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Remora Runner

Posted by Filed Under: Running is Funny

remoraBack when I was a kid (you know, right around the time of the Civil War), one of the most exciting days of the school year was when the Scholastic Book shipment arrived.

For those of you who can’t remember a time before computers and Amazon.com, Scholastic had an arrangement with schools in which a small catalog of children’s books was handed out to the kids every month. Then you would badger your parents for 60 cents or so to purchase your favorite title. The teacher would amass all the individual orders and send them in. Six to eight weeks later, a big box would arrive in the classroom and these treasures would be handed out.

It was a big deal. You don’t have to believe me, there are a lot of people who feel the same way.

Being a reasonably normal kid, I usually selected horror, science fiction or sports stories. I specifically remember one Scholastic collection of short stories with a high school sports theme. They featured football and basketball – even rowing. But for some reason I distinctly remember one about cross-country track called “Remora Runner.”

Through the miracle of the Internet, I was able to turn up the full text of the short story (and at 1,300 words, it’s pretty short). It was written by Jay Worthington, who apparently was a prolific writer of such tales back in the late 1940s through 1960s.

I’ve posted the full text on my blog. It’s the saga of Clifton “Clipper” Ritter, who runs cross-country both in the shadow of his older brother, who was once the top runner at the same school, and Augie Shaver, a fellow runner whose pace is perfectly matched to Clipper’s.

Clipper attaches himself to Augie in every race, earning the derisive epithet of “remora runner.”

I don’t want to ruin the ending, but on the day of the big meet, Clipper learns something about himself.

I don’t have children, but I get the sense that stories like this one—positive, effective and concise—are pretty rare these days, particularly stories about running. And as I read “Remora Runner” again after all these years, I can see clearly that it’s not so kid-centered that adults can’t enjoy it, too.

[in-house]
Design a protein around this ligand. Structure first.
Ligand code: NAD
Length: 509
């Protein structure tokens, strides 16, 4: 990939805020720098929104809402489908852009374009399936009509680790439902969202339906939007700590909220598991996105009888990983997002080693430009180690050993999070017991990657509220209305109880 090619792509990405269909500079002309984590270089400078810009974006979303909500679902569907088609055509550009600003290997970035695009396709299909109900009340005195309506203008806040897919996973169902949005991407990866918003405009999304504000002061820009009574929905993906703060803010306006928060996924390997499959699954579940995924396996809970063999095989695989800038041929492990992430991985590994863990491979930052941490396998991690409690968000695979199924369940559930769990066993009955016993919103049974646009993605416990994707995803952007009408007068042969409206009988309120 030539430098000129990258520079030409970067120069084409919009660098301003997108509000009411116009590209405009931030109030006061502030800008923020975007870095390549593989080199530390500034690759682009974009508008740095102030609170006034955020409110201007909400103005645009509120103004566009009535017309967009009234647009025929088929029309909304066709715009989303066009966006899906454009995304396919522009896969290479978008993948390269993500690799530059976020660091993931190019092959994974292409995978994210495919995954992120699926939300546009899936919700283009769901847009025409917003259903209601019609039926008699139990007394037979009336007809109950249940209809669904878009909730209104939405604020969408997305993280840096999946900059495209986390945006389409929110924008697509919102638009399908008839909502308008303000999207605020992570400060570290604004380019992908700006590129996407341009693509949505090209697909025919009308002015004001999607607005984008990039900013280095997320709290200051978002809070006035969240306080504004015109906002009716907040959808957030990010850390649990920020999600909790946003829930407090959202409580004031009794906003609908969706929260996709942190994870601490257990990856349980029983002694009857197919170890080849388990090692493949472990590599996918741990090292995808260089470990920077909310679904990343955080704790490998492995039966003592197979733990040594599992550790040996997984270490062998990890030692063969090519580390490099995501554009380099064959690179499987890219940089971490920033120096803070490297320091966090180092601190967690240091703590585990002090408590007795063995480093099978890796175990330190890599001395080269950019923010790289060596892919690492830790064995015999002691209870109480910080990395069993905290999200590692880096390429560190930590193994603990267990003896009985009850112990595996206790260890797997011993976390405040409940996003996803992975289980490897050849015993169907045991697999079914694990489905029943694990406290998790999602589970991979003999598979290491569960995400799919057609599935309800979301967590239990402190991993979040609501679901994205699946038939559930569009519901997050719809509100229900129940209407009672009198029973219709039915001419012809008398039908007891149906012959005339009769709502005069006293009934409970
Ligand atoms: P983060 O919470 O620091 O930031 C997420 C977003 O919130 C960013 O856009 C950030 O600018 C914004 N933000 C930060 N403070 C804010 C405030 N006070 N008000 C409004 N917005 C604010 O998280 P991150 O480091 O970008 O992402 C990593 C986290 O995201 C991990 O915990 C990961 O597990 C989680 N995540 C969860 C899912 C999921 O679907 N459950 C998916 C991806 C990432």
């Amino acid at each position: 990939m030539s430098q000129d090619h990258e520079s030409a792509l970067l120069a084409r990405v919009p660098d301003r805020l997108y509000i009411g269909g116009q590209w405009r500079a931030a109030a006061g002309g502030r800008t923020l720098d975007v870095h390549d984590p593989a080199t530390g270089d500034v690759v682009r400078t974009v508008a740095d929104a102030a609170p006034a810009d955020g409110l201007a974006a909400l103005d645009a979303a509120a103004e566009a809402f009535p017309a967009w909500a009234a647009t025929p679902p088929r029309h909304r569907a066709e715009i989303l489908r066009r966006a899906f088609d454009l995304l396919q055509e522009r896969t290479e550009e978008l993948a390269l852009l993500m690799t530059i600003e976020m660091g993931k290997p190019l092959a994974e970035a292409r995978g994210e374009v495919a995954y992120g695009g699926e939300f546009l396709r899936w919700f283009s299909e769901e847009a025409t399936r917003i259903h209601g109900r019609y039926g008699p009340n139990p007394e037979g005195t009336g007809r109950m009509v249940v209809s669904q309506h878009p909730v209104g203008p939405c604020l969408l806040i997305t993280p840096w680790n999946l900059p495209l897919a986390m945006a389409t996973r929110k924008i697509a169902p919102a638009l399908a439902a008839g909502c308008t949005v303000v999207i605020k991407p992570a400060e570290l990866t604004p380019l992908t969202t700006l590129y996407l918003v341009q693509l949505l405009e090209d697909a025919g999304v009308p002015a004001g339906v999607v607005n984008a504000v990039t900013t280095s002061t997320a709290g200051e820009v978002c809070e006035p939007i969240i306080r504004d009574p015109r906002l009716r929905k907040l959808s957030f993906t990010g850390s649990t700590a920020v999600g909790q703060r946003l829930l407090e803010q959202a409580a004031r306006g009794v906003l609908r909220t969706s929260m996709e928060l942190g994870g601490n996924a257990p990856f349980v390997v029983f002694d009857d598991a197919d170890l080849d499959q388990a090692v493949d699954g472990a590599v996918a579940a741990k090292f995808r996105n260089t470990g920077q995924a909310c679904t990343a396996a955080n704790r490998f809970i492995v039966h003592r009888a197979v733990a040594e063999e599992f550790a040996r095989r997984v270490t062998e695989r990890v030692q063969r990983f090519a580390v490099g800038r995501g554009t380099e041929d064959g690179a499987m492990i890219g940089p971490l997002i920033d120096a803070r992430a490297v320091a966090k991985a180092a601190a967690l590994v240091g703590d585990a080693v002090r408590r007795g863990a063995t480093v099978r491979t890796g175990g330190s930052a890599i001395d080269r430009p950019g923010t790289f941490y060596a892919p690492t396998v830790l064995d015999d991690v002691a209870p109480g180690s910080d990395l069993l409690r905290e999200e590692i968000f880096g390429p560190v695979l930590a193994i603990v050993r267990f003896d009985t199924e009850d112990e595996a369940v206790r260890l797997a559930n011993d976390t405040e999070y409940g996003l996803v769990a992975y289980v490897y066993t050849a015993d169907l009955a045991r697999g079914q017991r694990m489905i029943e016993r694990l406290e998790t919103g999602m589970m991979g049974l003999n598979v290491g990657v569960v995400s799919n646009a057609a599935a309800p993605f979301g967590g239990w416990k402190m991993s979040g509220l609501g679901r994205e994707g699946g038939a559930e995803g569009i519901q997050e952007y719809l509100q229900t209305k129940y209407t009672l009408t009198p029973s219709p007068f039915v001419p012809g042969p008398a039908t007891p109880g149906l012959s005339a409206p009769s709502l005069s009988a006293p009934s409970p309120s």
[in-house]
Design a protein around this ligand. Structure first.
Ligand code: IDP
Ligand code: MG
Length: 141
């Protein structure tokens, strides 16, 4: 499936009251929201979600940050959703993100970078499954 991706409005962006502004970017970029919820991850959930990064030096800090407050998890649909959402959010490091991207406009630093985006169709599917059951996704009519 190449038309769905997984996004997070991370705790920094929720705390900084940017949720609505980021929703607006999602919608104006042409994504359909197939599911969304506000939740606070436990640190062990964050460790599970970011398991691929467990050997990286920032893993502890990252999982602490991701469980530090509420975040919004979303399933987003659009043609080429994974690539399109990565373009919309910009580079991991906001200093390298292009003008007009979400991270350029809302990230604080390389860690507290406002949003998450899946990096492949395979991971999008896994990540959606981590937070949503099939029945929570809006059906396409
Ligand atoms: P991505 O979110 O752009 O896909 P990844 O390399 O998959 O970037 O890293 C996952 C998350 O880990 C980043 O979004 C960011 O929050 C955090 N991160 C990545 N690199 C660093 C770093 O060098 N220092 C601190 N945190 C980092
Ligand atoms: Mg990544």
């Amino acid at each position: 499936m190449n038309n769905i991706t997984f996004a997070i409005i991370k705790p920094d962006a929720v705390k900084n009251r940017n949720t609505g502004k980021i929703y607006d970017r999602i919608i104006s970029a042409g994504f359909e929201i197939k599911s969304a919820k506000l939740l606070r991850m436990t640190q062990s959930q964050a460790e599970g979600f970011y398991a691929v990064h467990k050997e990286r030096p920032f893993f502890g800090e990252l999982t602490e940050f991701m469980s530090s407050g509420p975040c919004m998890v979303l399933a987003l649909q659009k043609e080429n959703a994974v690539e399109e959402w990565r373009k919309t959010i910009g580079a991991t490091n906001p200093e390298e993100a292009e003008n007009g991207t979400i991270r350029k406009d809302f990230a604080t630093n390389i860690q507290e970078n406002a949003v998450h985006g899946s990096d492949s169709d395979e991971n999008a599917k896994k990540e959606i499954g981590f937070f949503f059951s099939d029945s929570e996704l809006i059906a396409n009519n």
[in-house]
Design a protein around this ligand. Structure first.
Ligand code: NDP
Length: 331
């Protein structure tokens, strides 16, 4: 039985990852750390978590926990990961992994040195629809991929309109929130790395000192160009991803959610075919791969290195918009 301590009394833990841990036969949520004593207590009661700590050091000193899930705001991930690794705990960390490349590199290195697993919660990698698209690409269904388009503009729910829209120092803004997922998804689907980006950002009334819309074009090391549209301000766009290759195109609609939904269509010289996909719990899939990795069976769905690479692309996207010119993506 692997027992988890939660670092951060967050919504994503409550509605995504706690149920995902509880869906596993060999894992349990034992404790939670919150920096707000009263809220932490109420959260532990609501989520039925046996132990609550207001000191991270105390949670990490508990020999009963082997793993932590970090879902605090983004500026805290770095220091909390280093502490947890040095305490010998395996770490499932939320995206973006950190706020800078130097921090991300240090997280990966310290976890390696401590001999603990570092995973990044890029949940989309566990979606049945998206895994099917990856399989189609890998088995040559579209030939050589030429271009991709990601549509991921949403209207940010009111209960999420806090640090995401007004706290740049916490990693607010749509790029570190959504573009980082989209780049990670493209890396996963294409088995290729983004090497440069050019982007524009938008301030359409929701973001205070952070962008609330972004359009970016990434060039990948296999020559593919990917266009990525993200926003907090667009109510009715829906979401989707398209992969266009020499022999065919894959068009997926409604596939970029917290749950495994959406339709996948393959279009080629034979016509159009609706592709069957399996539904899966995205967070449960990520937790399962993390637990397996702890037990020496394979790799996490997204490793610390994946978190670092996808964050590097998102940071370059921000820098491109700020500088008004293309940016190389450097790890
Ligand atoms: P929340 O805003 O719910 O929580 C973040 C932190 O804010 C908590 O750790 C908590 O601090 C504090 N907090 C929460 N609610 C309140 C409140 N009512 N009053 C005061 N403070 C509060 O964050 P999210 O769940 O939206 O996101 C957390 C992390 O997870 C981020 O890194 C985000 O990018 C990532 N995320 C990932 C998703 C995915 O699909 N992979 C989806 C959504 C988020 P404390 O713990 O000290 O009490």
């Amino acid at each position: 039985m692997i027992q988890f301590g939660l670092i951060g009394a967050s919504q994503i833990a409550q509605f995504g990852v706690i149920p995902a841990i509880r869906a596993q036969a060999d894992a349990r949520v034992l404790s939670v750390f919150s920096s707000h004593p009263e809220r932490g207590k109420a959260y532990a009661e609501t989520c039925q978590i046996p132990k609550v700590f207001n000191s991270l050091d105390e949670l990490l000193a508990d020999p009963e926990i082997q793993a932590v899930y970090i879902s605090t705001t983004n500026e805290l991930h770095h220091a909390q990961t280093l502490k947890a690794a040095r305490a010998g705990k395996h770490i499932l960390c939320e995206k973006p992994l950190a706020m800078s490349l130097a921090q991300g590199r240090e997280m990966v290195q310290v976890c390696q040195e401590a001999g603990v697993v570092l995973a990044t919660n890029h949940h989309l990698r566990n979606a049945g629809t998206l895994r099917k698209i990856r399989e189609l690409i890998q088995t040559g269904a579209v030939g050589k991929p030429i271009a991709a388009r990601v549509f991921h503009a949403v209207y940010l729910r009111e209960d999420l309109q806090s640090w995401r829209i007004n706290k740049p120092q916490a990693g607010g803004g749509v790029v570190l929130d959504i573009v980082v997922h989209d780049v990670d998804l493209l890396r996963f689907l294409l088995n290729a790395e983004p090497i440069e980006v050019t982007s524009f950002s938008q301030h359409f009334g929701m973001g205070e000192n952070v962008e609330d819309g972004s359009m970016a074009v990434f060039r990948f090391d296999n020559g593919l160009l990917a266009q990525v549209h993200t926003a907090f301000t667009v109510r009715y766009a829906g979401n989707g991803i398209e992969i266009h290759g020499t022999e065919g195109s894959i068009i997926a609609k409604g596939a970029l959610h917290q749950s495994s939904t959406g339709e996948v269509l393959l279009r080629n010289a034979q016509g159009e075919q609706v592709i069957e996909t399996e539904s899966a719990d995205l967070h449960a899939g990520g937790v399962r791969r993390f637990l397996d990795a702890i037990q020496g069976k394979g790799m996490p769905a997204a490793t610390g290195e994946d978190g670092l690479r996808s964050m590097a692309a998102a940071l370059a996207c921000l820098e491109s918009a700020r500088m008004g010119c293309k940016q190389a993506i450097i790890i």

If any readers can suggest other stories about running (track and field in general would be fine as well) suitable for the whole family, I promise to do some research and assemble a top ten list.

In the meantime, I can put Clipper, Augie, Red, and Moreno the Machine back into the happy childhood memory vault, wherein also resides Mister Softee and the 1969 Miracle Mets.

About Mike Antonucci

I ran 6-minute miles when I was in the military, then tapered for 20 years. Two-time marathoner (3:43 PR), my next goal is to stay healthy enough to run another. There are literally thousands of people handing out running advice and serious tips. I prefer to focus on the humorous or odd facets of our shared obsession. Let's face it, running is funny.



5 Comments
  1. Blaine Moore (Run to Win) on March 7th at 9:05 am

    Nice story! That’s a good find, I’d never read it before.

  2. Jeanne on March 7th at 8:18 pm

    oh my god, i had forgotten about those! I loved those books, and especially loved getting a package of them!

    I still don’t know what a remora is or why it’s on that guy’s bike. guess i’ll just have to buckle down and read the story.
    🙂

  3. Jeanne on March 7th at 8:18 pm

    that guys BACK. not bike. bike on the brain.

  4. roadrunner on March 8th at 3:55 am

    In the UK, we had a small catalogue of books and a sample of each one. Each child got a catalogue and the choice…. to take one…book home to try and see if they liked it. The books would arrive weeks later in a large box

    We still have a catalogue but it just directs you to the website and is presumably dro shipped by amazon. How clinical and cold…

    roadrunner’s last blog post..Paula Radcliffe out of London Marathon

  5. 2008 Duke City Half-Marathon Report « Butterflies & Running Shoes on October 20th at 12:44 pm

    […] game was, in part, inspired by this post from the Complete Running Network, so I called it the “Remora Runner” race strategy.  […]

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